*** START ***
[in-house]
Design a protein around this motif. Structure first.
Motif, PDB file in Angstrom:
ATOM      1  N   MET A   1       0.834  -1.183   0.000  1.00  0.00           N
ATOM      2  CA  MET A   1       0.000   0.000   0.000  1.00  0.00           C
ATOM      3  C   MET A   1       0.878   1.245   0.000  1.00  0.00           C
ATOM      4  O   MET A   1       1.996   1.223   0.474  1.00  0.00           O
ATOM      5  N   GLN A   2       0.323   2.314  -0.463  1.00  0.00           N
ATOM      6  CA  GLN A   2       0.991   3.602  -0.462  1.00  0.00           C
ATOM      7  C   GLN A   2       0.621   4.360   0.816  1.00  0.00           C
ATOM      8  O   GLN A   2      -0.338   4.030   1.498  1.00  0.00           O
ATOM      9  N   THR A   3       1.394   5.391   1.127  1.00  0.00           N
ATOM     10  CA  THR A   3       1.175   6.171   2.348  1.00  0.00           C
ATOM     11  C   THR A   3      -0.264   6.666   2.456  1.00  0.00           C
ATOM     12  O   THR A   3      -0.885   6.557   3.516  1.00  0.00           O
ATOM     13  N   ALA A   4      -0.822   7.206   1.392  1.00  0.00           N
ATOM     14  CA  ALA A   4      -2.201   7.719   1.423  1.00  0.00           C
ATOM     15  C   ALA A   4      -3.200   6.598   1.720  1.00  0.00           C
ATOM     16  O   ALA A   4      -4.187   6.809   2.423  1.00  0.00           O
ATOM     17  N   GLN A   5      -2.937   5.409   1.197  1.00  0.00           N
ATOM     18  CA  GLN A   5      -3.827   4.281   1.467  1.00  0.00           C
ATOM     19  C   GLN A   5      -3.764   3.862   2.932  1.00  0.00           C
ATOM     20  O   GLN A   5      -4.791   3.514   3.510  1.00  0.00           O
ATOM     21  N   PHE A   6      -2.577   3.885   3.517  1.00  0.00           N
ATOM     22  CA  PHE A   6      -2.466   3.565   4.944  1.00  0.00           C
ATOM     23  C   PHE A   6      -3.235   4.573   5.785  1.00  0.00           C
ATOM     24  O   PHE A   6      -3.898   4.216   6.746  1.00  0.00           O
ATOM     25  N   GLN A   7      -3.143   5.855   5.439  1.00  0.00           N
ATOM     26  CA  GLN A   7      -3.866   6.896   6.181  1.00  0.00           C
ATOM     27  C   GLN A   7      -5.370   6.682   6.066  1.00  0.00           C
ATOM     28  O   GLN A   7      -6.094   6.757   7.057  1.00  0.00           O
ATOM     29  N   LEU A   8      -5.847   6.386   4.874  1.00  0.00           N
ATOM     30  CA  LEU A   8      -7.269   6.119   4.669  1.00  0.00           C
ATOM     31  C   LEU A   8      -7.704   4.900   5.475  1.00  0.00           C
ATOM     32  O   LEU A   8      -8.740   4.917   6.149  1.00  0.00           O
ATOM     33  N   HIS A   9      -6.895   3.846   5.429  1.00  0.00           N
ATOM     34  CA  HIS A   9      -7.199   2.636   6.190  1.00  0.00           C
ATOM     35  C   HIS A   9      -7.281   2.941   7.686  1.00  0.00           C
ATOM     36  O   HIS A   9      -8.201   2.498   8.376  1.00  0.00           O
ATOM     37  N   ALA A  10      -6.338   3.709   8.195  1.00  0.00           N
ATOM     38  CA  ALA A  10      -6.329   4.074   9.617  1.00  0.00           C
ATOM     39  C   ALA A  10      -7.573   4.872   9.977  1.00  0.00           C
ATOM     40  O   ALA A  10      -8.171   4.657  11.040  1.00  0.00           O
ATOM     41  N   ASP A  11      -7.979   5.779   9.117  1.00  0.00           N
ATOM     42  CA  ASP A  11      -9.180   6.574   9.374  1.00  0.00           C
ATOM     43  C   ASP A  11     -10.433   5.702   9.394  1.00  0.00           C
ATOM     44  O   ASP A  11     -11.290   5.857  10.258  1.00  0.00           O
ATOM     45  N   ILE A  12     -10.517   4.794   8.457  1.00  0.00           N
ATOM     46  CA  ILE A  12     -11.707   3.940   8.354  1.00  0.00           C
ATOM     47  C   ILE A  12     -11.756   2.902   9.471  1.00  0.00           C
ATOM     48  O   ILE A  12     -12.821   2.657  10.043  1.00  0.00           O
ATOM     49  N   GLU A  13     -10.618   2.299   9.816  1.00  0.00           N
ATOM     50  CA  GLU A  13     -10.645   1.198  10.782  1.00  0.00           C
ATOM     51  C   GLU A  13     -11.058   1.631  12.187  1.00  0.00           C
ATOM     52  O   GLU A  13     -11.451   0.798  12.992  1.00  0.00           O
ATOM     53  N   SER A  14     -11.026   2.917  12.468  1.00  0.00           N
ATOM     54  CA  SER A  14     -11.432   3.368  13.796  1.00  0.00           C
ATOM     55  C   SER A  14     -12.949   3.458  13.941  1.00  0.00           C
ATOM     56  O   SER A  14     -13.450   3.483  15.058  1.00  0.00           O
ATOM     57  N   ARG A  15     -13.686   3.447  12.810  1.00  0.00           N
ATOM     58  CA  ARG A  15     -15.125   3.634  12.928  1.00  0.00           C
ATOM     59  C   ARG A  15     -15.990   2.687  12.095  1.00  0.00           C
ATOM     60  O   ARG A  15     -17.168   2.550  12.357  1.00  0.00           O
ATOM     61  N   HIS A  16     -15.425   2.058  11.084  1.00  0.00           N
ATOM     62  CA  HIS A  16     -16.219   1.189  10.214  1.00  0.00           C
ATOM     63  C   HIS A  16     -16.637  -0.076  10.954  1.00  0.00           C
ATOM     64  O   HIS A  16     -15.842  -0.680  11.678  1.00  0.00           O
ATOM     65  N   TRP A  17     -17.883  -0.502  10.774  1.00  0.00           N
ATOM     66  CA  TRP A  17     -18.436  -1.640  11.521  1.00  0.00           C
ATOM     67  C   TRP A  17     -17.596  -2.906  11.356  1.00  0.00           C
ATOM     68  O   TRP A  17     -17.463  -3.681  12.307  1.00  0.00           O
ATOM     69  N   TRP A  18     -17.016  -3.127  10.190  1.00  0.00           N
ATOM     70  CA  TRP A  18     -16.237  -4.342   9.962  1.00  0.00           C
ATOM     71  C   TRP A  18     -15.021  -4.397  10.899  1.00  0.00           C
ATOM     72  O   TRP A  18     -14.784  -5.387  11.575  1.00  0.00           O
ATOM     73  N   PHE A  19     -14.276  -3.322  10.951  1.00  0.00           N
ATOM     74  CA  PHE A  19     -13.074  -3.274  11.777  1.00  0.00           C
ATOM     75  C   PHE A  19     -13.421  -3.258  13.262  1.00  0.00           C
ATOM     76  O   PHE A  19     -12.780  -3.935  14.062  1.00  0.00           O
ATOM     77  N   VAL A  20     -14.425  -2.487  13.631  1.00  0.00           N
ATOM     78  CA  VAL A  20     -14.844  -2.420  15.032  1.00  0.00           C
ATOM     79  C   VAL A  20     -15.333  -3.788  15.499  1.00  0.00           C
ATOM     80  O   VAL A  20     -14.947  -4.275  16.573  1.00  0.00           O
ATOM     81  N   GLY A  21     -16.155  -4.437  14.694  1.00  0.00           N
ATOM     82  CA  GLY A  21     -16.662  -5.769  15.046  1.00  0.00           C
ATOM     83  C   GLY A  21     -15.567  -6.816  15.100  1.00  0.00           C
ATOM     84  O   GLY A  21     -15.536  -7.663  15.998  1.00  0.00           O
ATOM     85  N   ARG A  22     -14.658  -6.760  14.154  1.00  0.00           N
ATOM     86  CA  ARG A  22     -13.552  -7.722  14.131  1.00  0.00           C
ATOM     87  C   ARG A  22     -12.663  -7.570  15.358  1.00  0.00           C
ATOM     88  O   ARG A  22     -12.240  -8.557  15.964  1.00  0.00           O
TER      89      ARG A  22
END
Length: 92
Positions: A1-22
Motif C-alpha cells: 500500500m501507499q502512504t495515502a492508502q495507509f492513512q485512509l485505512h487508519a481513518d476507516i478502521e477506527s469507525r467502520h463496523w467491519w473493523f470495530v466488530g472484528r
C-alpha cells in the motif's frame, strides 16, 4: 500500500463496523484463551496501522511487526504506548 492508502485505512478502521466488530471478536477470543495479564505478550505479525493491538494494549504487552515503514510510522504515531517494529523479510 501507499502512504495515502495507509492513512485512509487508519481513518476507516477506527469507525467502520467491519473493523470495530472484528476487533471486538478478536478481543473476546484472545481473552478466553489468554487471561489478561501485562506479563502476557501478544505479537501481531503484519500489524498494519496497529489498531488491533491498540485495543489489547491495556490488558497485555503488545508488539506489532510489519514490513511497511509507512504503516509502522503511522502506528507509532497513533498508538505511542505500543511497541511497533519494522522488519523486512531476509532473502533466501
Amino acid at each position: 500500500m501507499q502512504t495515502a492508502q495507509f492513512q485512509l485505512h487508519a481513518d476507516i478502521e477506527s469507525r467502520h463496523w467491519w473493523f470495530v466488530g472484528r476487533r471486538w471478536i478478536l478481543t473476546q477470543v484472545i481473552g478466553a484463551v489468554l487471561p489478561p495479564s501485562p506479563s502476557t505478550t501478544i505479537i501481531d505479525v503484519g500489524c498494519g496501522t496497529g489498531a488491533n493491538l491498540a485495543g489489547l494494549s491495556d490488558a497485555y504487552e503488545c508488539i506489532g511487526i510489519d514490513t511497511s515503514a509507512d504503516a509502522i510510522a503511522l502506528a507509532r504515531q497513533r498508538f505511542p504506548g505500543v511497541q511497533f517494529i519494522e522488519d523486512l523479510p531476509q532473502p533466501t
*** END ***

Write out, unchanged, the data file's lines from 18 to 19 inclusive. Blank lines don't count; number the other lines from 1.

ATOM     15  C   ALA A   4      -3.200   6.598   1.720  1.00  0.00           C
ATOM     16  O   ALA A   4      -4.187   6.809   2.423  1.00  0.00           O